If I’d never become orthodox and moved to Jerusalem, if terrorists had never flown planes into my father’s office building, if my parents had never come to visit me, if that young woman hadn’t decided to kill herself by exploding in the middle of a crowded café, if I hadn’t survived the attack, if I hadn’t decided to finish my father’s boat and complete his retirement dream, if I’d found a more knowledgeable outfitter, if I’d started two weeks earlier or packed an emergency transponder, if I stopped whining so much and instead began searching for that stream. If I didn’t keep worrying that like Job, I was being punished rather than tested.
Jacob Paul
Jacob Paul
Throughout the trek, Sarah’s thoughts turn not only to her past—memories—but also to an imagined future. Grimness appears even in these fantasies of her post-kayak trip life back in Jerusalem. For instance, she imagines that she will meet a man, Udi, himself grieving a terrible loss (the death of his son), and that the couple will frequent a particular café:
They won’t discuss it, but part of Yechil’s Café’s appeal is the outdoor seating. In a large open area, they will have a much better chance of seeing a bomber before he detonates. Walls amplify blasts, echoing shockwaves with devastating effect. Yechil’s will be a kind of transitory therapy for Sara, a halfway house on the road to full café-recovery. Even the closest bus stop is on the other side of Rechov Ben Gurion and a full half block away. And their meetings will give Udi some structure, a sense of routine, a mandatory, daily perch which will be so important while he wanders Jerusalem’s streets, waiting for the expiration of his mourner’s leave from the army.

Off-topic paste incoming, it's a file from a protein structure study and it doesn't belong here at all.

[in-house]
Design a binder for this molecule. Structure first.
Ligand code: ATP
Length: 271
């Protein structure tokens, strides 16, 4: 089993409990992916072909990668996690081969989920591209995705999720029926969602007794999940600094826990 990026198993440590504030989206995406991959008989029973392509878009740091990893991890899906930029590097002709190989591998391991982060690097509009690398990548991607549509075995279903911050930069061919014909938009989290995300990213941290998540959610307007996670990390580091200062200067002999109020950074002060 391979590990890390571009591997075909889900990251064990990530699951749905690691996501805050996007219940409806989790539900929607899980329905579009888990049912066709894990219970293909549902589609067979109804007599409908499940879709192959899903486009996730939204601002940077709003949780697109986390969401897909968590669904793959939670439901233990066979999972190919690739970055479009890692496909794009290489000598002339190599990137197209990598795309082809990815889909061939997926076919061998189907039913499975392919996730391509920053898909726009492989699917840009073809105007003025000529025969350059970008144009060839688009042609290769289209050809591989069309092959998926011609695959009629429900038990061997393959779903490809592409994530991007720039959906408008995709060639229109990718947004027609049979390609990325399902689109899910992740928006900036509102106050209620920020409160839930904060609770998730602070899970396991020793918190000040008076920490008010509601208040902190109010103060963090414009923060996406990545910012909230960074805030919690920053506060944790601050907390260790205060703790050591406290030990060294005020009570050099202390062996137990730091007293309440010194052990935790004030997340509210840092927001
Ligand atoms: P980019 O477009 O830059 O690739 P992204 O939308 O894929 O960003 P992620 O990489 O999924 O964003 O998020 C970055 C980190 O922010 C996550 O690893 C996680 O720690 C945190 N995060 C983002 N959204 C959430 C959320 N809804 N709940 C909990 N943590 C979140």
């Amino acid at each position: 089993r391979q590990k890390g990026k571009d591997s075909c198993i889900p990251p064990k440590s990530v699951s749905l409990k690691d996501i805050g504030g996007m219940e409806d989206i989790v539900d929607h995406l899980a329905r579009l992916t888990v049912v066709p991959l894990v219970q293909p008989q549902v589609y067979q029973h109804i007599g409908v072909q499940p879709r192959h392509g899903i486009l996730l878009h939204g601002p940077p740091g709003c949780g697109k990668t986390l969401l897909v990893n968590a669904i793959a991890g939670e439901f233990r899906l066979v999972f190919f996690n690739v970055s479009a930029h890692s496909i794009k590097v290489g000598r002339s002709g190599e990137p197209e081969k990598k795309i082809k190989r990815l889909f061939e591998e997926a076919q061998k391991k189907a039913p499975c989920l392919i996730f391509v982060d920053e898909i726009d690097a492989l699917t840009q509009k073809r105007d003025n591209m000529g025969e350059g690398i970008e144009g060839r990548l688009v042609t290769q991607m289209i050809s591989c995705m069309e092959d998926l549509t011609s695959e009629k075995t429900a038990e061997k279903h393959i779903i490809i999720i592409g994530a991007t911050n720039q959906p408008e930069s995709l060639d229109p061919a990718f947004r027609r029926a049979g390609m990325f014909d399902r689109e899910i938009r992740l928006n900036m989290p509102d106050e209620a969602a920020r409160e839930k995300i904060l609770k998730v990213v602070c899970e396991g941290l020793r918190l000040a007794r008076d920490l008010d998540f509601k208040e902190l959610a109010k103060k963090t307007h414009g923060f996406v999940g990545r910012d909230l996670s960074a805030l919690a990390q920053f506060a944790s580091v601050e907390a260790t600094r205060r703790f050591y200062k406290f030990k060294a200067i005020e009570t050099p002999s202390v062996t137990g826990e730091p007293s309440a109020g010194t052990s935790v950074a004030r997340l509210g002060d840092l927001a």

As a fiction writer—and as one who has spent considerable time and ink on Jewish characters and families—I was particularly drawn to multiple aspects of this novel. First, there’s the issue of language. The author does a good job explaining most of the less-familiar phrases (one example: “And I’m shomrei n’giah, which means I have no physical contact with men I’m not immediately related to if I can at all help it….”), and I suspect that words such as “Hashem” would be easy enough to comprehend from the context even if one didn’t already know that it serves as a referent for “God.” But at times, I struggled to make sense of sentences such as “Hashem made the yetzer harah to inflict us with taivah.” A prayer called Shemonah Esrai similarly sent me directly to that glossary we know as Google.